Shifting the Focus from Requirements to Principles

A modern security approach should ensure that security is built into products and operations based on a set of principles and policies that recognize the need to continuously evolve security to protect against known, new, and unknown threats.

Principles and policies can be found in some emerging security guidelines, such as new telecom security requirements (TSRs) from the United Kingdom’s National Cyber Security Centre. Examples include the principle of least privilege, not only for administrators but also for connections across systems and services. Isolation and segmentation provide additional examples: Both are key because they force you to identify sensitive systems and to limit the blast radius if there is a breach. Proper network segmentation ensures that only components that should be able to communicate can communicate.

Here are a few more key principles and policies:

  • Automate as much as possible of both deployment and operations to minimize human errors.
  • Ensure that there is a properly secured system for management and operations access to the network components. This type of access, which is typically through what is sometimes called a privileged access workstation, should include secure access for required third-party personnel.
  • Identify security critical systems in relation systems management, automation, and orchestration  tools.
  • Test early and often with tests that continuously evolve at multiple points in system, network, and service chains, including unexpected possibilities; example: system changes necessitate both new and modified tests.
  • Monitor both components and human behavior for changes by, for instance, using a tool like VMware Carbon Black. Carbon Black is a cloud native endpoint and workload protection platform that combines system hardening and behavioral prevention to keep emerging threats at bay. By analyzing security events, Carbon Black proactively uncovers attackers’ behavioral patterns and empowers you to detect and stop emerging attacks.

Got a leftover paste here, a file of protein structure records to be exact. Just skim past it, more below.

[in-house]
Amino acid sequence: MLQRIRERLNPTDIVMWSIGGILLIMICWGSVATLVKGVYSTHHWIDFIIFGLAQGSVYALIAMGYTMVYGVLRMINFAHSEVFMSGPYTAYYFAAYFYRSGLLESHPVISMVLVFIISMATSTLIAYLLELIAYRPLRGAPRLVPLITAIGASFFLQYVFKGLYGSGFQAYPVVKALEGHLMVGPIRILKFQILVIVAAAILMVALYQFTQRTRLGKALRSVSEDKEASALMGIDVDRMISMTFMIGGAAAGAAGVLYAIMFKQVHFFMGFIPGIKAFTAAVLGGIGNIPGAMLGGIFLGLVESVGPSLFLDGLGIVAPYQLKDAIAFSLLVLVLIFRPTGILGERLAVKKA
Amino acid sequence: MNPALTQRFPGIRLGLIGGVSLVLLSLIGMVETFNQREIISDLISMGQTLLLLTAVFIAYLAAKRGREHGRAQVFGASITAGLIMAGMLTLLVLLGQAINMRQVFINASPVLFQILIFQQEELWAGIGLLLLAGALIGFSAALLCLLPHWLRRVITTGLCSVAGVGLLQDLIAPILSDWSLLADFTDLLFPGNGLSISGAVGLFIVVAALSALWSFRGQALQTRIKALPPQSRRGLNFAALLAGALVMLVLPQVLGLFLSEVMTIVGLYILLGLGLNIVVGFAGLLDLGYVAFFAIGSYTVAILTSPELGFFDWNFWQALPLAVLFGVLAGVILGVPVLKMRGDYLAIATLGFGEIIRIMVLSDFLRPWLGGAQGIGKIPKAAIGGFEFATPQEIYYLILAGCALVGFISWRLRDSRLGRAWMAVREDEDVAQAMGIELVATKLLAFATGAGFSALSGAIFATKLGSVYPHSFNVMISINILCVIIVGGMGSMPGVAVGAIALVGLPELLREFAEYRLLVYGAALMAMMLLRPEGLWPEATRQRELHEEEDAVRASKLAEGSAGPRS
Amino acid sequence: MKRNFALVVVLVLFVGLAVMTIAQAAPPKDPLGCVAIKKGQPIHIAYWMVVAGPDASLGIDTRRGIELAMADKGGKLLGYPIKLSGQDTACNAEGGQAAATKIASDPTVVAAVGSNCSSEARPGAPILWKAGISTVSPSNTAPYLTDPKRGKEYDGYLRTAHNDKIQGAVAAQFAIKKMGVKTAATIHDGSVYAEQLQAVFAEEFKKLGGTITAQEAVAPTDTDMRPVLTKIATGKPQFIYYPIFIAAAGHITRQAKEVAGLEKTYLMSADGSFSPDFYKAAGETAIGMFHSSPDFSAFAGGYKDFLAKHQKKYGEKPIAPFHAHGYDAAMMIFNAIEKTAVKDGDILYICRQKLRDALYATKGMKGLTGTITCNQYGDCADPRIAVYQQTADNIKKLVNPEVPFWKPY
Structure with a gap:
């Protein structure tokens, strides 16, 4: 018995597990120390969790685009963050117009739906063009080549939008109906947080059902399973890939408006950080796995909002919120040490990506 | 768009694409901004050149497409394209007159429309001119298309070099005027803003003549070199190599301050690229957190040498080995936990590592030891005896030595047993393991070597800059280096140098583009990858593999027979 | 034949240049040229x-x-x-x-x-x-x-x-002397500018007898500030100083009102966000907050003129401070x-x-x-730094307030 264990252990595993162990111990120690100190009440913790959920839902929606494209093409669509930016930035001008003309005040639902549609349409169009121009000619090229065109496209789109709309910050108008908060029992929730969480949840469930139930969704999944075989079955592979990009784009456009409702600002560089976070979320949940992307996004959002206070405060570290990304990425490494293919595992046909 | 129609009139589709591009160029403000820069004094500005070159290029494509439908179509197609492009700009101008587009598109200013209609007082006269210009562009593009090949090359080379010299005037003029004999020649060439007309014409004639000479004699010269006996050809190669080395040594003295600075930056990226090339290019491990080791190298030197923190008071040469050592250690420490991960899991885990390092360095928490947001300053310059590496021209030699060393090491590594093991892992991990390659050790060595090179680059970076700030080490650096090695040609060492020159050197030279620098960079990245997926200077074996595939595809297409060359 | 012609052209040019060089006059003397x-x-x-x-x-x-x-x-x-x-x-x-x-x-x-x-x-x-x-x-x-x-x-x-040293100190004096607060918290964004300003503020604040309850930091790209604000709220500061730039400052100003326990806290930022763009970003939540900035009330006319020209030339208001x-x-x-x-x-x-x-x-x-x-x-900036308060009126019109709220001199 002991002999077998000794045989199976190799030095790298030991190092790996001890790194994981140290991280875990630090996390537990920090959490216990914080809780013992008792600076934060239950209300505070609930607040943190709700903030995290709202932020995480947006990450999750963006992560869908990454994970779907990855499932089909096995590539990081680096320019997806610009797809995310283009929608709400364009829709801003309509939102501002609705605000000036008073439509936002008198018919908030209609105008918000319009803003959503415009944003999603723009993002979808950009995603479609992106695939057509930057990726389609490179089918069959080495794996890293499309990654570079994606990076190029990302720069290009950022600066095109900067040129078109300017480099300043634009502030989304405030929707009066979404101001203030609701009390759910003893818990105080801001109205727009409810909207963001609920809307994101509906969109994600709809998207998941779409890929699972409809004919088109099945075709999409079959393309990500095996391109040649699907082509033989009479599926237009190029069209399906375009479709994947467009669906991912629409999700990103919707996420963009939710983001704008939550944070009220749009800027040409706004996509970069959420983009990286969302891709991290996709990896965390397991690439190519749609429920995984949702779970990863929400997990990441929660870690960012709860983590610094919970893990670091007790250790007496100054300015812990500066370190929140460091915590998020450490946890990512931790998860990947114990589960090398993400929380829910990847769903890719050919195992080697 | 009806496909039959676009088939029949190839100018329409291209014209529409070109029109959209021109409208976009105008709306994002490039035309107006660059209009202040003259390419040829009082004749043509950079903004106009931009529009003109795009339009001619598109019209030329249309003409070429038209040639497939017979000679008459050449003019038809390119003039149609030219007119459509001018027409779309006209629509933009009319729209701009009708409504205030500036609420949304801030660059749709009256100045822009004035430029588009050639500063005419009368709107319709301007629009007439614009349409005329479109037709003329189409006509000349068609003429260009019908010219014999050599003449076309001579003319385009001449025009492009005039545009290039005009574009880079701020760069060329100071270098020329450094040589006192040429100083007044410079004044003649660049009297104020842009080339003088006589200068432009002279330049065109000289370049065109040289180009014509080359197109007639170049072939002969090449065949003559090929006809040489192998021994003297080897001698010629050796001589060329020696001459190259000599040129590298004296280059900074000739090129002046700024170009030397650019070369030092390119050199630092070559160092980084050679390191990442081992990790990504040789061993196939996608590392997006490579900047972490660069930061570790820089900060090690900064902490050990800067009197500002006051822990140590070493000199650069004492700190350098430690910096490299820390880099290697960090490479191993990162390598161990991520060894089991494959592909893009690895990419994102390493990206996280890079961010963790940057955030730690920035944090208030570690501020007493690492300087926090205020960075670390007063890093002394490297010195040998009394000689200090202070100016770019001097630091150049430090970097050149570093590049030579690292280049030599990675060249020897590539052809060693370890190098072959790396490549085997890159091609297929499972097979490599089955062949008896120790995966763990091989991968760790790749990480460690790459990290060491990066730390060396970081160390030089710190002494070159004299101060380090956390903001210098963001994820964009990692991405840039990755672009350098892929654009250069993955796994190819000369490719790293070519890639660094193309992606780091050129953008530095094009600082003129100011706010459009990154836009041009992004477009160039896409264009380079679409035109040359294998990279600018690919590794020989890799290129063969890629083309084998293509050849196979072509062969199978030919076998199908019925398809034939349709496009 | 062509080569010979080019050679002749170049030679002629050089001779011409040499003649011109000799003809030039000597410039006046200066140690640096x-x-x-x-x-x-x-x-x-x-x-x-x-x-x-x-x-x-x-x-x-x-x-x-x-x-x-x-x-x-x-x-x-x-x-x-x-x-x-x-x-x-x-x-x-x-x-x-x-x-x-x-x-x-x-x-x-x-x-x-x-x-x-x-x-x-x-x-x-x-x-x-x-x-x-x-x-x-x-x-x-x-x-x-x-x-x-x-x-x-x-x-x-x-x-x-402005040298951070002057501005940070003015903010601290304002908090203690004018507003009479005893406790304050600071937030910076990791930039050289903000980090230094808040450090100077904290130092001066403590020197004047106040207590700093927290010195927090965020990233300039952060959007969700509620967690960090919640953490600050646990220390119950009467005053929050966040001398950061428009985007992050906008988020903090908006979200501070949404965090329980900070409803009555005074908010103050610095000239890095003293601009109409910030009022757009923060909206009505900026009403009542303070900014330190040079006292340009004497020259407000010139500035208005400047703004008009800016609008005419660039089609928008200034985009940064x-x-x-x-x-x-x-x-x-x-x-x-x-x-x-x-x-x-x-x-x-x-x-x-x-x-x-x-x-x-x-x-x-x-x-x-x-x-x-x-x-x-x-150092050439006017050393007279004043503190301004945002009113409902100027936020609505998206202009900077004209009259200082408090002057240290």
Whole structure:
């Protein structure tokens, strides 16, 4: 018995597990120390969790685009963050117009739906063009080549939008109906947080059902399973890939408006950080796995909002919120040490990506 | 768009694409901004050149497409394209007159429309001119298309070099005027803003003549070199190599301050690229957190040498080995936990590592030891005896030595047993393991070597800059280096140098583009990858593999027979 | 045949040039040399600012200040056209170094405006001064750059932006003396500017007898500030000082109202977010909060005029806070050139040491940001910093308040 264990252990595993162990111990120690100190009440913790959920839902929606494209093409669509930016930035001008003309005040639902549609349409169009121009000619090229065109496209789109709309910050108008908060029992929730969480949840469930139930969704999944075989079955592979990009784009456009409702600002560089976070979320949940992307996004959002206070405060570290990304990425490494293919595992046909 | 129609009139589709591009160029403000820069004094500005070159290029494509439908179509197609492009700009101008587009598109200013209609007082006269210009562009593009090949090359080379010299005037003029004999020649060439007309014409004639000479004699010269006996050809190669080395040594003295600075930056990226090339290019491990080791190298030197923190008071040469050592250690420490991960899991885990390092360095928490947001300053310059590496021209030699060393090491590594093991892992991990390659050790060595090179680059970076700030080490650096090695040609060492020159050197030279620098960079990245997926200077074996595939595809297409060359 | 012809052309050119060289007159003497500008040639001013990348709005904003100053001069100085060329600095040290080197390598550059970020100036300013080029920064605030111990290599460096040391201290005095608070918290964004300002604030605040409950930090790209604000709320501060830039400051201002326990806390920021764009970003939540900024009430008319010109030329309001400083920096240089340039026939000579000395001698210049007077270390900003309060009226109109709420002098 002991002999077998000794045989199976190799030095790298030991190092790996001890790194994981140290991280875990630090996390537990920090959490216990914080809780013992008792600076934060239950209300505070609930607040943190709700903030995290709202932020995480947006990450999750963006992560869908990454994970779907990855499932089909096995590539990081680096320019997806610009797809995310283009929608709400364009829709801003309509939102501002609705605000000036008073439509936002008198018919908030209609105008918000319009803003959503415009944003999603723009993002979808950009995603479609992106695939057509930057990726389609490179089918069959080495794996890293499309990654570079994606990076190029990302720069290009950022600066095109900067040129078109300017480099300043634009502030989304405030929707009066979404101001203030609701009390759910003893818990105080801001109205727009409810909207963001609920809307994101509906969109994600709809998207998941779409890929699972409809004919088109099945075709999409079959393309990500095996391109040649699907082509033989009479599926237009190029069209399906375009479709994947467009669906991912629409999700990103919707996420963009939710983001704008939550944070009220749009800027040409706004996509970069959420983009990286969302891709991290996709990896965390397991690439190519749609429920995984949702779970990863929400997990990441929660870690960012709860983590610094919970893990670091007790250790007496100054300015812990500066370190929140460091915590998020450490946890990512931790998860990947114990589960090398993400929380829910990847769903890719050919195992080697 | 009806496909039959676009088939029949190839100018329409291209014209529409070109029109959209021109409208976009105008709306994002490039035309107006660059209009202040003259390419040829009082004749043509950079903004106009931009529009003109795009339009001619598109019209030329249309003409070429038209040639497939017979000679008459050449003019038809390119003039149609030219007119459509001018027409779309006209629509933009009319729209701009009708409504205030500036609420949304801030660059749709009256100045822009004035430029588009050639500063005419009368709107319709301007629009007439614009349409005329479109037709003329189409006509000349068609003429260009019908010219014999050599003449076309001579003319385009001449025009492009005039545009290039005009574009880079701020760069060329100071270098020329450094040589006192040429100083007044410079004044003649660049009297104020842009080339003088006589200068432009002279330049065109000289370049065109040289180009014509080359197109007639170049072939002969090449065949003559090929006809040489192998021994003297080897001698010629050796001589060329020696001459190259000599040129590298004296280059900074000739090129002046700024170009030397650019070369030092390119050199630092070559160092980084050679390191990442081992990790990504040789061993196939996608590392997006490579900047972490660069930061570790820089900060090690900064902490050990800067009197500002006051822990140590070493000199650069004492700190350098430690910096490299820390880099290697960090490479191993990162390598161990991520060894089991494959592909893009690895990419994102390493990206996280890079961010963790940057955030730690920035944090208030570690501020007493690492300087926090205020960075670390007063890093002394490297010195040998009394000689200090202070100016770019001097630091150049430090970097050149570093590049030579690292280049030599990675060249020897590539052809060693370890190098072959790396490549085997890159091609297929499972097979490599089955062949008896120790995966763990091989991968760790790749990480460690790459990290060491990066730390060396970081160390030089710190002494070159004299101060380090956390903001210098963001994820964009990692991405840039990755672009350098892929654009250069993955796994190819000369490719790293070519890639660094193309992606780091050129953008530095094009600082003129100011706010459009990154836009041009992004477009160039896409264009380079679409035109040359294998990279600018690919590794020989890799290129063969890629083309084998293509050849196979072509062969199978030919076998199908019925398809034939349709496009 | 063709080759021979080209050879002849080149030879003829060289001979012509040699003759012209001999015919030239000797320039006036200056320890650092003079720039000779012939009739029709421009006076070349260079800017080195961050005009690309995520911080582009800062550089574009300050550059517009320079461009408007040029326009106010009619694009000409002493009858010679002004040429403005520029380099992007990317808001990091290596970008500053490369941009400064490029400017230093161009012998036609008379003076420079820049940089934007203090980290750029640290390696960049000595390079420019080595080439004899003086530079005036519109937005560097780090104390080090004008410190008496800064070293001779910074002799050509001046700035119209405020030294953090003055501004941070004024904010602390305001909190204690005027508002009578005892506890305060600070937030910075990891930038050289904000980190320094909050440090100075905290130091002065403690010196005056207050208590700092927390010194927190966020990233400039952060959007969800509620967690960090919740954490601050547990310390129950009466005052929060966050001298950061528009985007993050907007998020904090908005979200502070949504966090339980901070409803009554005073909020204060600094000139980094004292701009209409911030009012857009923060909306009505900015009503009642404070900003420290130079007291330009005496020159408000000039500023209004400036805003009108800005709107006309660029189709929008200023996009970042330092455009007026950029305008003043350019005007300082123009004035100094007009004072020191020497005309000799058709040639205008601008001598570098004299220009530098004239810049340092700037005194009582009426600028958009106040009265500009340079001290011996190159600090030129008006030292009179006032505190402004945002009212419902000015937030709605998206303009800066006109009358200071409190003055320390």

• Assume you will be or already are compromised. The implication here to plan and deploy systems in a way that limits damage. For example, it can be a problem in the cloud if you use only cryptographic authorization and encryption — a hole that emerges with the authorization or encryption that creates a large attack vector. To protect against the inevitable, you must be able to isolate every level in the stack with virtual firewalling and other means, such as network access policies. Encryption should be accompanied by micro-segmentation.

Extending Protection Principles to CNFs

Similar principles apply to containerized network functions (CNFs). As you work to package and deploy networking code in containers for 5G, you should consider how to secure the container lifecycle and address the following principles and policies, conceivably in a multi-cloud environment, a context often overlooked, at least in a detailed way, by telecom security standards:

  • Protect CNFs as they move through a continuous integration and deployment (CI/CD) pipeline.
  • Implement a trusted container image registry with role-based access control and vulnerability scanning.
  • Test containers to eliminate privileged access or execution.
  • Inspect containers against security benchmarks.
  • Automate security patching of containers.
  • Isolate, protect, and monitor the communications of CNFs and microservices.
  • Enforce policies governing CNF connectivity.
  • Protect your CNF supply chain by establishing end-to-end security from code provenance to CNFs running in production, preferably by using DevSecOps.

Continuously Evolve

On a final note, embracing DevSecOps and continuously applying new security principles can help address emerging threats and to help evolve security so it keeps pace with emerging threats. In future posts, we will elaborate on not only the principles and policies we mentioned but also on how to implement a 5G network with security that’s built into the stack.


One comment has been added so far

  1. Henrik, an excellent exposition indeed. Complementing your reference to the UK’s NCSC initiative, several USG/ US DoD initiatives are underway to tackle potential threats wrt the 5G architecture and deployments. Have a look here,

    Really enjoyed reading the blog and as others have mentioned, I am looking forward to the next version. Let’s collaborate across the EU/ US front on this for our Telco/ CSPs WW.

    With kind regards
    Khursheed Khan